According to the National Library of Medicine, arthritis is the inflammation of one or more joints, involving the breakdown of cartilage, which normally helps to cushion joints and assists in the smooth movement of the joint in its range of motion. Arthritis can be caused by an autoimmune disease, a broken bone, wear and tear, or even a viral or bacterial infection. The results of arthritis are quite painful and include joint pain and swelling, reduced mobility and inflammation, which includes painful heat and redness at the joints affected.
While there are over 100 types of arthritis, three major types of arthritis are psoriatic arthritis, osteoarthritis and rheumatoid arthritis.
- Psoriatic arthritis is a result of complications of the skin condition psoriasis, where skin cells multiply up to ten times faster than normal, causing raised, red plaques covered with silver-white scales and itching. This form of arthritis results in pain and swelling in the affected joints.
- Osteoarthritis is a degenerative condition, often resulting from the wear and tear being overweight causes on joints. Osteoarthritis results in pain, swelling and decreased range of motion as the cartilage cushioning wears out and bones grind against each other.
- Finally, rheumatoid arthritis is an autoimmune disorder that typically affects the smaller joints of hands and feet by attaching the lining of the joints.
The Arthritis Foundation makes several suggestions to reduce pain from any form of arthritis:
- Maintain correct posture, both when sitting and standing, as slouching and hunching over can increase pressure on joints.
- Exercise – but do not go overboard. Moderate exercise has been shown to decrease the pain of arthritis.
- Lose weight; even a loss of 10 pounds can reduce pressure on knees by up to 60 pounds of pressure.
- Beyond helping to maintaining a healthy weight, McDougall, et. al. (2002) show that a very low fat, vegan diet has been shown to decrease pain from rheumatoid arthritis, improve function, and decrease joint tenderness and swelling as well as the severity of morning stiffness.
- Alternative therapies such as acupuncture and massage therapy have been shown to help reduce pain from arthritis.
- Run hot and cold: use heat to reduce chronic pain, but use ice to reduce the pain of acute inflammation and flare ups.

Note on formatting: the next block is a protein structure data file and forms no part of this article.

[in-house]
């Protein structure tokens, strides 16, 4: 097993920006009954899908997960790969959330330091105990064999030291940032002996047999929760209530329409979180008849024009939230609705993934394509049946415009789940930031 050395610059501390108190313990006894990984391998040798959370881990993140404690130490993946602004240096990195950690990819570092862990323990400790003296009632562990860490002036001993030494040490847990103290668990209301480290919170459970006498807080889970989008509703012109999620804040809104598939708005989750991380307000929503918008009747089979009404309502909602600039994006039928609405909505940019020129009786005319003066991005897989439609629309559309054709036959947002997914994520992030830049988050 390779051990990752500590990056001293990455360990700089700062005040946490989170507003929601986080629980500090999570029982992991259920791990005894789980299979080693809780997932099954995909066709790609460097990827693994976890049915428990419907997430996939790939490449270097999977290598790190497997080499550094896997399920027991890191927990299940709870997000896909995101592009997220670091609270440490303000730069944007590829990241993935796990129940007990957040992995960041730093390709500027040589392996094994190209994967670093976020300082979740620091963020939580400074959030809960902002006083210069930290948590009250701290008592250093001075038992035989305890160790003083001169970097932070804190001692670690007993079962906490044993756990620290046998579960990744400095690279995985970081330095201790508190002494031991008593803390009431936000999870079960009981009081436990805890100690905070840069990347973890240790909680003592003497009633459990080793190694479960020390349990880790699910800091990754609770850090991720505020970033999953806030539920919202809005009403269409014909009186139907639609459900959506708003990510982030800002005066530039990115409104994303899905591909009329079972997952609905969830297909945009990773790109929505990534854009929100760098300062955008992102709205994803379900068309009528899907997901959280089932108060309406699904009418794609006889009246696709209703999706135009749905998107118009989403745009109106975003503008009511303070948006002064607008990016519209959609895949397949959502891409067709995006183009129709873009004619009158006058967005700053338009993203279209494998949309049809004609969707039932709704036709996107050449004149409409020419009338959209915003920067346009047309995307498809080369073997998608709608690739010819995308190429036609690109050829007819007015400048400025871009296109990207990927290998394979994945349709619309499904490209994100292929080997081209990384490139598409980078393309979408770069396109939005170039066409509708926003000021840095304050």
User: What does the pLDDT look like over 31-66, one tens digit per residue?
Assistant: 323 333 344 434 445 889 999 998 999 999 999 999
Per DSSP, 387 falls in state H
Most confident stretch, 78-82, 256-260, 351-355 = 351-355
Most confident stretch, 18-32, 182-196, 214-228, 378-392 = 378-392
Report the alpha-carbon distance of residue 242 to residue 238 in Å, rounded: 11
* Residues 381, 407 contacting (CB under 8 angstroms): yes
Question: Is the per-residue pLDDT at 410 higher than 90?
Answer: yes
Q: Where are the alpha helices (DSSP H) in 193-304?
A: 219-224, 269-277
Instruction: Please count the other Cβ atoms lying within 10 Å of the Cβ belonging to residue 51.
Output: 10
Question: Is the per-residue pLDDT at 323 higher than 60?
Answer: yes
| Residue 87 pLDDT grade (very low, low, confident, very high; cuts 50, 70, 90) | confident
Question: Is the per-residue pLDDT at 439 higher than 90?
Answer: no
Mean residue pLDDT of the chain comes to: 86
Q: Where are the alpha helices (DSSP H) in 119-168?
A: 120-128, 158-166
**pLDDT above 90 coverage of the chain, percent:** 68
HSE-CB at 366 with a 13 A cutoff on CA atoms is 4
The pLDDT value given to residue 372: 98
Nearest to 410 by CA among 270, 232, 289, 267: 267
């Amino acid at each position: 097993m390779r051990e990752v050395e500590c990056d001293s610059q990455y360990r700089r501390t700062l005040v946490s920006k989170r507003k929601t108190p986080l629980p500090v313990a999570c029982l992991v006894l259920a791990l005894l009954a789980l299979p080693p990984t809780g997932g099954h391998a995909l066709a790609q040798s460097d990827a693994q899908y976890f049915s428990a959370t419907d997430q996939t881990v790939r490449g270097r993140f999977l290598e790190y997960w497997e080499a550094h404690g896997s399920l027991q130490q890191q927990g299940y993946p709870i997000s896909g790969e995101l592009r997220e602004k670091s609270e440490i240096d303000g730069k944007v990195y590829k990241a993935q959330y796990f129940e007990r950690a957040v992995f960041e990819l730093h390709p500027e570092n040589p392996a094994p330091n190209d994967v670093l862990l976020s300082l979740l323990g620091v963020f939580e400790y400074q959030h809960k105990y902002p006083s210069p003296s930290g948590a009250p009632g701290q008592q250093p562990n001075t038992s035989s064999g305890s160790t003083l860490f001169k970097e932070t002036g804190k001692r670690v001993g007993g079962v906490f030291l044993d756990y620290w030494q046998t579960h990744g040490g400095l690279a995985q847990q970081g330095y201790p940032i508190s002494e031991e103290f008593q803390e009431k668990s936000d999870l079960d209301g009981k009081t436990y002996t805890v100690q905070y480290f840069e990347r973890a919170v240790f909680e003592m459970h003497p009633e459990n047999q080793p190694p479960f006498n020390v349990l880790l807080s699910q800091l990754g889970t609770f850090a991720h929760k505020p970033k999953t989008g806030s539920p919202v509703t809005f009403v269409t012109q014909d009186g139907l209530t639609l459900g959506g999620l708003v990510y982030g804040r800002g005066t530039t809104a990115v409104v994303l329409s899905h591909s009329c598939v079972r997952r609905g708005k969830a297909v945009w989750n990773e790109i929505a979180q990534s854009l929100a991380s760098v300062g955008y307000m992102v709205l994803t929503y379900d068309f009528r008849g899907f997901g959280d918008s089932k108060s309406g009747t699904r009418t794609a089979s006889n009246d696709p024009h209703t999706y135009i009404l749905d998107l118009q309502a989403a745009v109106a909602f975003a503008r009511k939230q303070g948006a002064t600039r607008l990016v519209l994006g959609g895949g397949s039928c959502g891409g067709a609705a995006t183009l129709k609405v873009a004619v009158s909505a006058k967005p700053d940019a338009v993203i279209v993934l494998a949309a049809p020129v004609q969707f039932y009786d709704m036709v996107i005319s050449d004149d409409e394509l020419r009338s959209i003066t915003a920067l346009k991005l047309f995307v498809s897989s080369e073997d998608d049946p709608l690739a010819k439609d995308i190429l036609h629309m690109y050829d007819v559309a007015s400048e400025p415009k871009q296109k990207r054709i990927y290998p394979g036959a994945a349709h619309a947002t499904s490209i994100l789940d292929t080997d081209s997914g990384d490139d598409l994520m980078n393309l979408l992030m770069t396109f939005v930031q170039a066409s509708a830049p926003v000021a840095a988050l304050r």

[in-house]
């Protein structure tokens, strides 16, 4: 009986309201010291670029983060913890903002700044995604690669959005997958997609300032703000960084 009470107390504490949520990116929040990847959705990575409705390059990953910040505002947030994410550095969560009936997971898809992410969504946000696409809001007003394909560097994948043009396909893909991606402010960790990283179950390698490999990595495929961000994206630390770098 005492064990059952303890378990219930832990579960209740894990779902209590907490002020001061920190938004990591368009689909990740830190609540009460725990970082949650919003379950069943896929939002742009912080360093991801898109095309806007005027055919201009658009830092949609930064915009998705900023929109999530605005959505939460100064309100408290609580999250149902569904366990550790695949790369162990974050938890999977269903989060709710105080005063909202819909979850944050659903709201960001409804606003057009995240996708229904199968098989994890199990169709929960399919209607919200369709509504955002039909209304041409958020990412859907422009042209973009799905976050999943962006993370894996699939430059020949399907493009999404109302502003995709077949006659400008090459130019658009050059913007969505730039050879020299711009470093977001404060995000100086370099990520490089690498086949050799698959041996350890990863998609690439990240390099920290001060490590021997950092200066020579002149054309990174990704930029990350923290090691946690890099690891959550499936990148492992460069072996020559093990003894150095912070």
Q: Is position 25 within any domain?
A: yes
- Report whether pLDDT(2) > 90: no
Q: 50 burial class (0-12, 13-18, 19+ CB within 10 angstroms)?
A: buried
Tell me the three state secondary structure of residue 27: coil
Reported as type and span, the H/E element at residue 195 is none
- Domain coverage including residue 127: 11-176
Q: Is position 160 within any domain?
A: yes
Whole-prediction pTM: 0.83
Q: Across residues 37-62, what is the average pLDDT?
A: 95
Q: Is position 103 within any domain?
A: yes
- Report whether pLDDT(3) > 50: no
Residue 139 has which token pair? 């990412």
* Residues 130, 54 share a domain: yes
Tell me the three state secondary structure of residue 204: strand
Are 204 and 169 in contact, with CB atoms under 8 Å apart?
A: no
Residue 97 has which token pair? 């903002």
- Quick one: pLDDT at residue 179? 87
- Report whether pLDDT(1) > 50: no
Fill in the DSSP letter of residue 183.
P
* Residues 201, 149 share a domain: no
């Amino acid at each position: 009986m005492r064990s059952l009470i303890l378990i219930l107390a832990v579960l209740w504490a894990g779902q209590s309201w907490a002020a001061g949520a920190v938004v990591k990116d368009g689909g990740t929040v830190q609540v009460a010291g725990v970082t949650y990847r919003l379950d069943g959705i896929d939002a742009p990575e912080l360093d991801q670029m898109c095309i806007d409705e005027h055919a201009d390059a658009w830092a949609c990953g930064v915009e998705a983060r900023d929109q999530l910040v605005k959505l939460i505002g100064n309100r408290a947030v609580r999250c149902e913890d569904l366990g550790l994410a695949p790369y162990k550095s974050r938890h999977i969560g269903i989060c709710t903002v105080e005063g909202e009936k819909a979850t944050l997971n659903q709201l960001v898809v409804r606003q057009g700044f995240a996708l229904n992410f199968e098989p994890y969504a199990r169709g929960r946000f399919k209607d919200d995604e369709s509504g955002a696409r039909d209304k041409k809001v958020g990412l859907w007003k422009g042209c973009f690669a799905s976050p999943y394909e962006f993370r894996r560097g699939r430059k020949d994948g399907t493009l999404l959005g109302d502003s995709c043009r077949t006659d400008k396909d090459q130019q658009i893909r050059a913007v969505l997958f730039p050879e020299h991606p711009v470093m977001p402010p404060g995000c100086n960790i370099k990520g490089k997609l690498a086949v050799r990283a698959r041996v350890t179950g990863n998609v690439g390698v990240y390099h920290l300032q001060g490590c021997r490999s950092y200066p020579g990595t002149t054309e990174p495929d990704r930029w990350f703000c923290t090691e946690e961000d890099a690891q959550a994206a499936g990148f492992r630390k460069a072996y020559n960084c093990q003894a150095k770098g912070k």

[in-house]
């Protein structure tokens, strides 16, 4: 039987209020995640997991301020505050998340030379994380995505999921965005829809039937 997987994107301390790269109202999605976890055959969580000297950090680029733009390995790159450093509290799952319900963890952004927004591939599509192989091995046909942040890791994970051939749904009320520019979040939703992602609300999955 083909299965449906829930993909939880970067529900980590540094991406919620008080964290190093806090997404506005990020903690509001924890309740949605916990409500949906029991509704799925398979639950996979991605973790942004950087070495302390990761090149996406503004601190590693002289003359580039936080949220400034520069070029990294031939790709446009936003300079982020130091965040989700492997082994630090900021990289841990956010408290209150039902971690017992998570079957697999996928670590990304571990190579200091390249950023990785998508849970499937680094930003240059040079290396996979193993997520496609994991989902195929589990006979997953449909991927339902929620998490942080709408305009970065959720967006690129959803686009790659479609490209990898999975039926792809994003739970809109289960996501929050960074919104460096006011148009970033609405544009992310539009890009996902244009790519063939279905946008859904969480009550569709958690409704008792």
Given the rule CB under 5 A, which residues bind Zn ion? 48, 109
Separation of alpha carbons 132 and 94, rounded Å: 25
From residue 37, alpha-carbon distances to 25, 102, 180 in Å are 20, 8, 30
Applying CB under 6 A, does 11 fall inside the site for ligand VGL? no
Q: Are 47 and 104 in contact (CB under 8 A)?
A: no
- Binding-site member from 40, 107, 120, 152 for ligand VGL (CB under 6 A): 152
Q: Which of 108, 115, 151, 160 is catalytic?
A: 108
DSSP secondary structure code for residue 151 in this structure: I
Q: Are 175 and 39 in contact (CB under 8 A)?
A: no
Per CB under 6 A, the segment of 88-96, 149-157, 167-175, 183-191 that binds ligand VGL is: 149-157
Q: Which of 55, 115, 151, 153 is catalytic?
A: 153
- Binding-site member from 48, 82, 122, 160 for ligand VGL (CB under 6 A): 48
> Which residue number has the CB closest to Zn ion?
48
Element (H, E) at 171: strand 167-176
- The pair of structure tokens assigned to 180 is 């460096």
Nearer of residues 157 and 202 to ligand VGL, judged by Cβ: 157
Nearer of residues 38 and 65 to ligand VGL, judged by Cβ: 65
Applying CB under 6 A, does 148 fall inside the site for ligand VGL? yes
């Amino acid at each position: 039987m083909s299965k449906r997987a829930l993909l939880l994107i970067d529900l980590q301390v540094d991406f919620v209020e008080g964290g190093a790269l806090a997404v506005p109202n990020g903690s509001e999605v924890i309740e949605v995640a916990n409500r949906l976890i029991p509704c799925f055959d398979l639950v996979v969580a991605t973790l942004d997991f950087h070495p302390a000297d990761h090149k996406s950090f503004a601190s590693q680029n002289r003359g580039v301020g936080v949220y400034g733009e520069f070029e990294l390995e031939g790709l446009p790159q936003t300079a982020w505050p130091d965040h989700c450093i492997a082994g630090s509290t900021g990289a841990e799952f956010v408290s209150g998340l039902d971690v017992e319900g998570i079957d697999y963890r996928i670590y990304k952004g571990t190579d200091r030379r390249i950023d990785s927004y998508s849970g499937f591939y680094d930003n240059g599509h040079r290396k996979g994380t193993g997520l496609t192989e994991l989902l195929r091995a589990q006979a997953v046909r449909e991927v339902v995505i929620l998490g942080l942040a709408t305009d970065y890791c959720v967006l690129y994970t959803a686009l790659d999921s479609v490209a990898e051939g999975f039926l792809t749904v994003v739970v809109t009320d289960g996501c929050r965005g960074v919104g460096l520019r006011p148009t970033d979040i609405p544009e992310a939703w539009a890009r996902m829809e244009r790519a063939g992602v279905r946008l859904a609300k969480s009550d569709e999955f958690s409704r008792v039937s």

- Glucosamine and chondroitin sulfate supplementation have been shown to reduce joint damage, reducing long term increases in pain.
- Wear good shoes. Wearing shoes that do not offer proper support can lead to an increase in arthritis pain.
- If the pain is severe, speak to your doctor about steroid injections – steroids, or corticosteroids, such as cortisone, hydrocortisone and prednisone, are synthetic versions of the hormone cortisol which reduces inflammation.
- Transcutaneous electrical nerve stimulation (TENS): TENS involves hooking up to a pocket-sized, portable machine that sends electrical current to the painful spots, via wires attached to electrodes placed on the skin. A TENS unit can reduce pain in the long term but you may need to ask your doctor for assistance in setting this up.
Massage therapy has been used to reduce pain in several medical conditions, and has now been shown to do so for arthritis patients. Perlman, et. al. (2006) show us that massage therapy reduced pain and stiffness and increased physical function and range of motion in a study on the effects of massage on osteoarthritis of the knee. In another study on hand arthritis pain, Field, et. al. (2006) conducted a study which demonstrated that the massage therapy group had lower anxiety and depressed mood after the last massage treatment, along with less pain and greater grip strength after their sessions.
While massage therapy has been shown to improve the symptoms of arthritis overall and reduce the pain in the long term, massage should never be given when an individual is in an accute stage of arthritic flare up. When the joints are red, warm to the touch and swollen, massage therapy can actually exacerbate the problem, resulting in more intense flare ups and pain.
Glucosamine and Chondroitin Sulfate
There have been several studies showing positive results from taking glucosamine and chondroitin sulfate. A 2001 study by Reginster, et. al. on the long term effects of glucosamine on osteoarthritis showed that the placebo group had a progressive joint space loss after three years while the patients taking glucosamine had minimal joint space narrowing and even showed improvement after treatment. Similarly, a 2000 meta-analysis of glucosamine and chondroitin for treatment of osteoarthritis concluded that, while the results may be more modest than the original published trials claim, these substances offer a safe treatment which offers results. Many also find that taking joint support supplements offers relief from the pain of arthritis flare ups and painful inflammation.